Repeal of consumer protection makes it hard to file lawsuits against financial institutions

DENVER-  Vice President Mike Pence cast the tie-breaking vote in the Senate, killing a rule that would have allowed people to file class-action lawsuits against banks instead of being forced into private arbitration.

Denver attorney Michael Burg of Burg Simpson says despite what the White House says, the decision is a win for big financial institutions.

“It’s really not a boon for consumers.  In fact it’s anti-consumer,” he told Anne Trujillo on this week’s Politics Unplugged.

The White House says the decision by congress give consumers fewer options, which means that financial disputes can be resolved more quickly.  Burg says that give the advantage to financial institutions.

“Let’s look at Wells Fargo where they opened accounts that people didn’t want and they charged them for those accounts,” Burg said.  “Let’s assume that cost $10 a month, that’s $120 per year.  Under the repeal of this act, you would now have to go through arbitration. Number one, you go into arbitration alone to get your $120 back.  There’s no lawyer.  No one is really going to be there to help you get that money back that they’ve willfully taken from you.”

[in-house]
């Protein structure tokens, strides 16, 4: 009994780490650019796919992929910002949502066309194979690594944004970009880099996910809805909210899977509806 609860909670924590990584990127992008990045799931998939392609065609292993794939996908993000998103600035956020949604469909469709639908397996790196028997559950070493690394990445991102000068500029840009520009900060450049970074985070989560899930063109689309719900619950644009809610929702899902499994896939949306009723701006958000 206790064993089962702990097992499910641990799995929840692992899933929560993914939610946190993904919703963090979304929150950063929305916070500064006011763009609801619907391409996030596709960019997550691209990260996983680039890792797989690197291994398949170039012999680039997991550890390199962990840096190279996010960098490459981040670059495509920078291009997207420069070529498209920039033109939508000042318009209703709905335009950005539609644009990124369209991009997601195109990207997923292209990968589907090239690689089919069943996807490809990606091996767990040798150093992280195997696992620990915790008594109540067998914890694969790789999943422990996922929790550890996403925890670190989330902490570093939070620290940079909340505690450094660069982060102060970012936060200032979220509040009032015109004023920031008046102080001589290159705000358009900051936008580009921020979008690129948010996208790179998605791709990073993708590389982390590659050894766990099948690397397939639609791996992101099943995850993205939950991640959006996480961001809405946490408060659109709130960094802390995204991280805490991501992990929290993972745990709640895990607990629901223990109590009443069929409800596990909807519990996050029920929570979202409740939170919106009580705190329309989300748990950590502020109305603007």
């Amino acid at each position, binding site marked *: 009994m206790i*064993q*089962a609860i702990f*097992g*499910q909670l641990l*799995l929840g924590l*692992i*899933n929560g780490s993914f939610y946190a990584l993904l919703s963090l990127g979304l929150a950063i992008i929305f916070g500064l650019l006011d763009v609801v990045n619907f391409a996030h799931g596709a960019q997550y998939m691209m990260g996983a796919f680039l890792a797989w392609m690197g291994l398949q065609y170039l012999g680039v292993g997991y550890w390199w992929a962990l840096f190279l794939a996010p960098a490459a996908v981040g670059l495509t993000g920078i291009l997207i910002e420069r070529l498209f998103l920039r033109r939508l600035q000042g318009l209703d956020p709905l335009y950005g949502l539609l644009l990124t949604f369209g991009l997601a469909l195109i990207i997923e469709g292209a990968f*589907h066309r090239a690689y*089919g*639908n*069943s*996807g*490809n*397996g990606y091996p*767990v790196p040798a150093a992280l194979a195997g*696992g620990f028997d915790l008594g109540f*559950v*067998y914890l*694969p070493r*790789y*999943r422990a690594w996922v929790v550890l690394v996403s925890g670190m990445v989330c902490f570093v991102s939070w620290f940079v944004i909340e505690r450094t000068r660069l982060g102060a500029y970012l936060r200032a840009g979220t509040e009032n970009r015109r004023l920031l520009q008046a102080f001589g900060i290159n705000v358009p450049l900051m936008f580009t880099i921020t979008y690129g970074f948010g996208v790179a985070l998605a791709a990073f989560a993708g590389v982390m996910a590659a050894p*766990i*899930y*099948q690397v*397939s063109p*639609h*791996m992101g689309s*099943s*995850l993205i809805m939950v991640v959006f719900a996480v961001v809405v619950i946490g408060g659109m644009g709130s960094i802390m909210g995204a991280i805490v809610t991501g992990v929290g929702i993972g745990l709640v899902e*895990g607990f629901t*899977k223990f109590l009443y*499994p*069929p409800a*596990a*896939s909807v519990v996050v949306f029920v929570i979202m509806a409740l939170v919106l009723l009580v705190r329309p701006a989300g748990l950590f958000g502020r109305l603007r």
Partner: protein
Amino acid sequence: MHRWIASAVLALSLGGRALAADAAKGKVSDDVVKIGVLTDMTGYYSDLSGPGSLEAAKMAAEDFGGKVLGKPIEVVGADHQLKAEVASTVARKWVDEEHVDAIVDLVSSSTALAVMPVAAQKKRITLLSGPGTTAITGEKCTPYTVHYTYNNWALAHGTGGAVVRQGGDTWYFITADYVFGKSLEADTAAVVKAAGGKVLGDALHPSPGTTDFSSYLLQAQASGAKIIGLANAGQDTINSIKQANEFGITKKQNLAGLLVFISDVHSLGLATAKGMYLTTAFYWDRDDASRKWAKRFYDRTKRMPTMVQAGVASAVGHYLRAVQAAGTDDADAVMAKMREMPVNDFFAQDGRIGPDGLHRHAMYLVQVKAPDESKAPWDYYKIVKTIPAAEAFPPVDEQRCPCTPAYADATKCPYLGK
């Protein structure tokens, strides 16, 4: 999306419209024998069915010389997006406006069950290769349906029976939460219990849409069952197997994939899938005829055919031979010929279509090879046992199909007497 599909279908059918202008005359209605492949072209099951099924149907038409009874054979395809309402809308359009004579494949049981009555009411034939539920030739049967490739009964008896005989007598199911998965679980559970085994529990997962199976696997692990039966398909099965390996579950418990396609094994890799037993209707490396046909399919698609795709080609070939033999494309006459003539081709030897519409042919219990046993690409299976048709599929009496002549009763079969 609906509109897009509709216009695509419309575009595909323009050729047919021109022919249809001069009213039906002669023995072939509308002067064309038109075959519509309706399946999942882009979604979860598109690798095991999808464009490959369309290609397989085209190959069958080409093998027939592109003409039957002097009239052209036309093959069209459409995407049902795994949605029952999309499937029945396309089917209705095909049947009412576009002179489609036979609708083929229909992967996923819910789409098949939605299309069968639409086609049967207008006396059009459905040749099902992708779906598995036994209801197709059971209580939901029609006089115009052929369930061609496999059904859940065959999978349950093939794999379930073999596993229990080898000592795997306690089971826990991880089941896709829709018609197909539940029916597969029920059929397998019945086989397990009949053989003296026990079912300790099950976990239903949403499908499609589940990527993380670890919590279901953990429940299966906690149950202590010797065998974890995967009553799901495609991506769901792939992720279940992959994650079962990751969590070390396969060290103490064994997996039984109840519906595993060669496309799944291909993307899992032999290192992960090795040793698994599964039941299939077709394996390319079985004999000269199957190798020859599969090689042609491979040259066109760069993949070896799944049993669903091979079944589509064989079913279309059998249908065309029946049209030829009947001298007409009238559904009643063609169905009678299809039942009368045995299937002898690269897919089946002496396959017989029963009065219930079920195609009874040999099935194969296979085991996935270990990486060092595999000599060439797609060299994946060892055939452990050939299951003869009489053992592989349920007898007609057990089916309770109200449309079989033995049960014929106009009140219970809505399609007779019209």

Burg says this decision, which has already passed the House and is expected to be signed by the President, impacts everyone who has every agreed to anything with fine print.

“It’s in a lot of the agreements,” Burg added.  “In fact if you looked in your iPhone it’s a lot of language that you never would even read or even understand in which they prohibit you from filing an action against them in court and prohibit you from filing and being part of a class action.”

Michael Burg is an attorney and founding shareholder of Burg Simpson Eldredge Hersh and Jardine law firm as well as the author of Trial By Fire, One Man's Battle to End Corporate Greed and Save Lives.

Politics Unplugged airs Sundays at 4:30am & 4pm on Denver7.

 

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